Ghostbusters The Game- Yes, We're Back!
Ray, when someone asks if you're a god, say, yes!
Like many people my own age, I grew up exposed to the Ghostbusters movie and its subsequent franchise. The movie, the cartoons (Both series), the comic books, the action figures, and the play-sized proton pack and PKE meter; I had them all. Growing up in a haunted house probably made it all that much more poignant for me than most, but I digress. The fact is that I was enamored with the concept and the characters put forth in the first film. (The second film never much caught on with me, perhaps because it didn’t have the same feel or film direction as the first.)
That’s why I looked forward to the recent release of the Ghostbusters video game with baited breath. It is a sad fact that most video games based on a film are simply an advertising scheme and second source of revenue for the release of an upcoming film. Pirates of the Caribbean, Van Helsing, and the Transformers are the most recent I can bring to mind.
To that I was overjoyed to find that the concept for the game as well as the script was written by the original authors of the first film: Harold Ramis and Dan Akroyd, who played Egon Spengler and Ray Stantz respectively. What’s more, they, Bill Murray (Peter Venkman), Ernie Hudson (Winston Zeddmore), Rick Moranis (Luis Tully), and Annie Potts (Janine Melnitz) all return to lend their voices to the script.
Everything that you liked about the film has returned here; Peter’s witty banter, terrible attempts at womanizing, and constant attempts to bilk more money out of their clients; Egon’s over-technical and faintly worrying jargon; Ray’s constant sense of awe and over eagerness; and Winston’s laid-back manner of speech make the game pop. Dialogue between all the Ghostbusters runs constantly, and with an all-new script that picks up off where the first movie ended, there’s plenty to talk about.
The game is essentially a third-person shooter, where you play as a new hiree seeing as the Ghostbusters are looking to expand their business. Essentially you play as the only person in New York City dumb enough to allow these guys to strap an experimental proton accelerator on your back. The character model is non-customizable, meaning you end up playing as a pale, doughy looking 18 year-old, which is actually a step up for me so I didn’t mind much, but I should think that others might take issue with the lack of options.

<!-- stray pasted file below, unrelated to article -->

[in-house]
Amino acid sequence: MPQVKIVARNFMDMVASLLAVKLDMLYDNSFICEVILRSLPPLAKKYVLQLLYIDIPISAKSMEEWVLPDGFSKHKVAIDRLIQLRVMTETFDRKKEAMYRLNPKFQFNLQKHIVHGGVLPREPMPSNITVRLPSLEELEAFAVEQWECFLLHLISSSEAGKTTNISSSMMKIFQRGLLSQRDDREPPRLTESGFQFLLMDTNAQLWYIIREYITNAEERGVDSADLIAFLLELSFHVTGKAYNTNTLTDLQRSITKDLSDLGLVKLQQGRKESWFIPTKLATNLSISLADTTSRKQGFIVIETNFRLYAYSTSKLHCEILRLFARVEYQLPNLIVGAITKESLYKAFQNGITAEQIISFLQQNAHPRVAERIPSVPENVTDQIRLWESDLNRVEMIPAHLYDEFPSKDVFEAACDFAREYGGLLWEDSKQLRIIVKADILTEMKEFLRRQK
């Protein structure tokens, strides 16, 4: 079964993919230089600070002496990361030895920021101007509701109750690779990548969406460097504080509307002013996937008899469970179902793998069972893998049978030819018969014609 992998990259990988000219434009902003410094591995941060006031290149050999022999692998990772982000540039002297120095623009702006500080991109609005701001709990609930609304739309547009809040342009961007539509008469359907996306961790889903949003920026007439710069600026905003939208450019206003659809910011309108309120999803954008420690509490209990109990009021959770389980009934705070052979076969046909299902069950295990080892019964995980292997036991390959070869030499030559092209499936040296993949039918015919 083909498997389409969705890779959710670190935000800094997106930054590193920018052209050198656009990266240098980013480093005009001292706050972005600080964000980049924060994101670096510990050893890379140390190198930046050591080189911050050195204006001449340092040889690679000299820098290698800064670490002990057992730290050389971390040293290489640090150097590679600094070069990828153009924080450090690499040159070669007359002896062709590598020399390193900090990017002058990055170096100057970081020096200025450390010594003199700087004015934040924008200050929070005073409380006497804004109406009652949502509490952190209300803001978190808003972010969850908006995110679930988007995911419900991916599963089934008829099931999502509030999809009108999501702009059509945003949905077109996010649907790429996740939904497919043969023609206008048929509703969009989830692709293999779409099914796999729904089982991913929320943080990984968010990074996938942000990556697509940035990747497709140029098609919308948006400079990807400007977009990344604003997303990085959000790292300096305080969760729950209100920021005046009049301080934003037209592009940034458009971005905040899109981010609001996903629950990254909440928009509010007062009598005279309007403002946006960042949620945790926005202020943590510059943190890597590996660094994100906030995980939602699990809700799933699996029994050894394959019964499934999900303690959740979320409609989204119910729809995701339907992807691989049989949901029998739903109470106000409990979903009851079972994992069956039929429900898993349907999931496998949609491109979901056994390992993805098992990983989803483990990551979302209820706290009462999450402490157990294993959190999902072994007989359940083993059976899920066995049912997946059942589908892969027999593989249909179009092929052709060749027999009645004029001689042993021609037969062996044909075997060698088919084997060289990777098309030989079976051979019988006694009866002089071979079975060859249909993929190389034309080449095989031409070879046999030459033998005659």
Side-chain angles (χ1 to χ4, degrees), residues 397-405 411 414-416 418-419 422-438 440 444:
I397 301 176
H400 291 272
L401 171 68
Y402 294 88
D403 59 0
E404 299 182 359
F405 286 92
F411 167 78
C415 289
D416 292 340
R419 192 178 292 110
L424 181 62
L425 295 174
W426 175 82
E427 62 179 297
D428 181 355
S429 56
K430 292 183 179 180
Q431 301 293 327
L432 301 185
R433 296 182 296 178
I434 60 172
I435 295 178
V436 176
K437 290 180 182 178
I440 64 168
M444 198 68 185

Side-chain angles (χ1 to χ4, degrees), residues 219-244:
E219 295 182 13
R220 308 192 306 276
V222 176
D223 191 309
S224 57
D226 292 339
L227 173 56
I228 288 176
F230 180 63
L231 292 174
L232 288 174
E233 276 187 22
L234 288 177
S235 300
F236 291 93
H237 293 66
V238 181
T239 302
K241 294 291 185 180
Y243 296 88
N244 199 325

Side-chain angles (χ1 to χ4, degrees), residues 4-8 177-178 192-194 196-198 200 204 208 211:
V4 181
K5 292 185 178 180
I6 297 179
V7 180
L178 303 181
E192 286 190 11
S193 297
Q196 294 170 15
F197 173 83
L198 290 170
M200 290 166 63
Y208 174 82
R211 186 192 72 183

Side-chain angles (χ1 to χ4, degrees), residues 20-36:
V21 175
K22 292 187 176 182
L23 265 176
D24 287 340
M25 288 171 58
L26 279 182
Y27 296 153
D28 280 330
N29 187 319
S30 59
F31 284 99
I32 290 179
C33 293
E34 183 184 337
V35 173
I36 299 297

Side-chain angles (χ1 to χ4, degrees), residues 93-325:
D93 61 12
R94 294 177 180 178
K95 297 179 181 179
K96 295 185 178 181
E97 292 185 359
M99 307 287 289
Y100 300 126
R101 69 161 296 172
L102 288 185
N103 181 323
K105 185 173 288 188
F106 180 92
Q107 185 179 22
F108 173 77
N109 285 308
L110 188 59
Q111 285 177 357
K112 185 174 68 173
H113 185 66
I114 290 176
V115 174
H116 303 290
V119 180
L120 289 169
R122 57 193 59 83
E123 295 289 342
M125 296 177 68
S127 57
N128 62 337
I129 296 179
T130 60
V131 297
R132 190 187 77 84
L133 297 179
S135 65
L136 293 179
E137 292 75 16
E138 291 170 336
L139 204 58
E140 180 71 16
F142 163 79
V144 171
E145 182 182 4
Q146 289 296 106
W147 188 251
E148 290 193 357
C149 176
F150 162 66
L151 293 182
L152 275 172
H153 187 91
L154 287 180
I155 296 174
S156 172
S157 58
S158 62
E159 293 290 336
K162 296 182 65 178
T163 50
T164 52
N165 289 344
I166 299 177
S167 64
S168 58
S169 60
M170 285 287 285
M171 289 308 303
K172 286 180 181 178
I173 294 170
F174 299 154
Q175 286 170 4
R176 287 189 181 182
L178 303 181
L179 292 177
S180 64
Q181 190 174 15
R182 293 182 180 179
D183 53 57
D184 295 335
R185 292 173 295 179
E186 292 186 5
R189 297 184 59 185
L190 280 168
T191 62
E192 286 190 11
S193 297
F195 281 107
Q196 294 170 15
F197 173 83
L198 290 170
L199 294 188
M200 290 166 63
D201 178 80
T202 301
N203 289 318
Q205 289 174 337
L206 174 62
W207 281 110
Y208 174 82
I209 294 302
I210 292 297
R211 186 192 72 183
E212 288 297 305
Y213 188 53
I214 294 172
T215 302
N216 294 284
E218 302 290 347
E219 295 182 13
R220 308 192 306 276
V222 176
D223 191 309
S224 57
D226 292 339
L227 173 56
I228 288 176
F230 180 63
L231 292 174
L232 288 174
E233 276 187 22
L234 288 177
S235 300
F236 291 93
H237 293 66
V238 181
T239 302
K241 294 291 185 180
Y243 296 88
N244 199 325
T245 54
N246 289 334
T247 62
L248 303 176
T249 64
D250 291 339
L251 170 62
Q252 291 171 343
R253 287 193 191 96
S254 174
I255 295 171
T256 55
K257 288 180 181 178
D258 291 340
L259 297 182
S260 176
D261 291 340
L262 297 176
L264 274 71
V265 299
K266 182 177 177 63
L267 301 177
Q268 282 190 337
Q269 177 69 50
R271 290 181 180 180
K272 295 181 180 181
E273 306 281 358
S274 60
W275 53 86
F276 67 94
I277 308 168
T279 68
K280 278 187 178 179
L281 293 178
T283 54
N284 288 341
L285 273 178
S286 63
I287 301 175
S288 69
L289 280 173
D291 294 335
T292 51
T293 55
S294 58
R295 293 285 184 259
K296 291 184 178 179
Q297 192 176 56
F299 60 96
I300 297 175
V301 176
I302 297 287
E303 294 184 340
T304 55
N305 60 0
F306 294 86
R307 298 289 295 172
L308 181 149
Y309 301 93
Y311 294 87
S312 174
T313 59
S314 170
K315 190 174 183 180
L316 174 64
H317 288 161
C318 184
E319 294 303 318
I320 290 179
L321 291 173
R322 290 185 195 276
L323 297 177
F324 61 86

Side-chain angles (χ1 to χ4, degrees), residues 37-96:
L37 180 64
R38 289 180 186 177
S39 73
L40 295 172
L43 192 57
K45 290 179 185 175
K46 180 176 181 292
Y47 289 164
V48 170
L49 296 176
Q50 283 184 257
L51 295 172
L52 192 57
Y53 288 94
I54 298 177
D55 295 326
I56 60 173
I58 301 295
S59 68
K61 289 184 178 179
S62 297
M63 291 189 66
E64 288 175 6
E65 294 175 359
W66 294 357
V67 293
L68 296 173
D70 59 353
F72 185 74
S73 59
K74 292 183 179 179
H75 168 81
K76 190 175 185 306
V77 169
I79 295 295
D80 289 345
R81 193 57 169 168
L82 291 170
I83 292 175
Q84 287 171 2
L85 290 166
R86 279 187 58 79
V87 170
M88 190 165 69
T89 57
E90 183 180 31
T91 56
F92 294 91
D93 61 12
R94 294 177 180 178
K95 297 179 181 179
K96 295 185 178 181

Their controller scheme is pretty simple, broken down into two general modes of play: use of the spectral viewer goggles and PKE to detect ghosts, secret artifacts, and locate hidden entrances and exits leading to later stages; and firing mode in the proton pack. The proton pack starts out with basic functions such as the proton beam and capture stream; the point of the game being to weaken ghosts before you wrangle them down into the ghost-traps. As you earn money from busting ghosts, cataloguing new spirits for Tobin’s Spirit Guide (They’ve got an interactive version built into your PKE meter now), you put the money back into upgrades for your equipment for more powerful traps, more fire time before your pack overheats, and three alternate modes of fire. Baddies tend to have a weakness to different types of weapons-fire, so it’s important to diversify and power up as soon as possible. In addition to shooting stuff, some weapon modes can be used for puzzle-solving, either to advance the story or to obtain hidden cursed artifacts.
On a personal side note, I absolutely loved the cursed artifacts. Each comes with their own entry in Tobin’s Spirit Guide. Some are spooky; others are laugh-out-loud hilarious! Aside from the money you get for collecting them, you unlock concept art developed for the game. Perhaps my favorite thing about them is that they take up residence in the firehouse once they’ve been collected.
Yes. That’s right. You get to explore the firehouse from top to bottom in between missions, with all sorts of interactive items scattered throughout. Sitting there for half an hour, I don’t think I heard Janine Melnitz take the same sarcastically funny call twice. (Check out all the messages on the answering machine while you’re there. You’ll be glad you did.)
Two major features of any game, and indeed the reason we’ve advanced beyond text-based games, are sound and graphics. All the songs and sound effects that leant the Ghostbusters Movie its creepy feel are back in full force, crystal clear, and reworked to give the maximum startle effect when something jumps out at you from around the corner.
The graphics are incredible. Each ghost is finely detailed for the same odd, yet attractive look of the movie ghosts. The weapon’s effects are top notch, particularly the curling blue and orange streams of light fired from the proton packs. Scenery layout includes places both new and familiar. The famous Sedgwick Hotel makes an appearance, as does the Stay Puft Marshmallow Man in the middle of Times Square. Perhaps the most daunting level, for both the creator and the player, is the topsy-turvy Ghostworld.
If you were or still are a fan of the films, rent it, buy it, borrow it, whatever. But play it!
And for all the fans of the spud out there, yes, Slimer makes an appearance.
More by this Author
No. This is not a How To article. I'd rather not end up in jail if at all possible. This is really more of a musing on the concept, factors to consider, as well as a listing of some of the more inventive ideas I've...
A style sheet’s purpose is to fill in the gaps left by the broad, sweeping rules of a chosen style guide. Because of that, there is a certain amount of leeway in their construction. Rather than following a rigid...
When it comes to sleeping disorders, people most often think of one with very obvious and unnerving affects such as sleep walking. Obviously this is a person up and about despite the fact that their still effectively...